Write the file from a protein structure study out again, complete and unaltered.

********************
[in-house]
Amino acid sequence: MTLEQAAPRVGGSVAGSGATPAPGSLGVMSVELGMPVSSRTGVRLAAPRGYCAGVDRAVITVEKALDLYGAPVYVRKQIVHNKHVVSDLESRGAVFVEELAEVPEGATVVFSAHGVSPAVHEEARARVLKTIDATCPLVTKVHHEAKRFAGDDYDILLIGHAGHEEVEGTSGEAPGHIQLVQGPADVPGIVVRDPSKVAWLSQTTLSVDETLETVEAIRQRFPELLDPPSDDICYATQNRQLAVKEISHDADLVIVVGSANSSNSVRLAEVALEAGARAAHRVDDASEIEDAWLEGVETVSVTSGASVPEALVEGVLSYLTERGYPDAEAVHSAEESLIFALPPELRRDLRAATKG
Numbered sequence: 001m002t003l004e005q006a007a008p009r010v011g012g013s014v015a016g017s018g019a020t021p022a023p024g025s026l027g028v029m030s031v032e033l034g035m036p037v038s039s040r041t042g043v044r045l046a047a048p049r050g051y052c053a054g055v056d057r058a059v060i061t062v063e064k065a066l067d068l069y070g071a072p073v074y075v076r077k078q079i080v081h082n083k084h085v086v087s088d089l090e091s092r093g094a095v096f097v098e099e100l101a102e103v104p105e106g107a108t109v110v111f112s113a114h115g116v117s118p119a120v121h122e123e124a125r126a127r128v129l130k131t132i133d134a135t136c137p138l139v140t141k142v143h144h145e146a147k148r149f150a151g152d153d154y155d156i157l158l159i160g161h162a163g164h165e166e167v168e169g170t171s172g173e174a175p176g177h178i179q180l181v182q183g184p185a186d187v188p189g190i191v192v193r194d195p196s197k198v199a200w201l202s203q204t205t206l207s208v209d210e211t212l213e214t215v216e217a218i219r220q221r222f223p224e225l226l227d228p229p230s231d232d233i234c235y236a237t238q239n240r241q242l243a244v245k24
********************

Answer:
[in-house]
Amino acid sequence: MTLEQAAPRVGGSVAGSGATPAPGSLGVMSVELGMPVSSRTGVRLAAPRGYCAGVDRAVITVEKALDLYGAPVYVRKQIVHNKHVVSDLESRGAVFVEELAEVPEGATVVFSAHGVSPAVHEEARARVLKTIDATCPLVTKVHHEAKRFAGDDYDILLIGHAGHEEVEGTSGEAPGHIQLVQGPADVPGIVVRDPSKVAWLSQTTLSVDETLETVEAIRQRFPELLDPPSDDICYATQNRQLAVKEISHDADLVIVVGSANSSNSVRLAEVALEAGARAAHRVDDASEIEDAWLEGVETVSVTSGASVPEALVEGVLSYLTERGYPDAEAVHSAEESLIFALPPELRRDLRAATKG
Numbered sequence: 001m002t003l004e005q006a007a008p009r010v011g012g013s014v015a016g017s018g019a020t021p022a023p024g025s026l027g028v029m030s031v032e033l034g035m036p037v038s039s040r041t042g043v044r045l046a047a048p049r050g051y052c053a054g055v056d057r058a059v060i061t062v063e064k065a066l067d068l069y070g071a072p073v074y075v076r077k078q079i080v081h082n083k084h085v086v087s088d089l090e091s092r093g094a095v096f097v098e099e100l101a102e103v104p105e106g107a108t109v110v111f112s113a114h115g116v117s118p119a120v121h122e123e124a125r126a127r128v129l130k131t132i133d134a135t136c137p138l139v140t141k142v143h144h145e146a147k148r149f150a151g152d153d154y155d156i157l158l159i160g161h162a163g164h165e166e167v168e169g170t171s172g173e174a175p176g177h178i179q180l181v182q183g184p185a186d187v188p189g190i191v192v193r194d195p196s197k198v199a200w201l202s203q204t205t206l207s208v209d210e211t212l213e214t215v216e217a218i219r220q221r222f223p224e225l226l227d228p229p230s231d232d233i234c235y236a237t238q239n240r241q242l243a244v245k24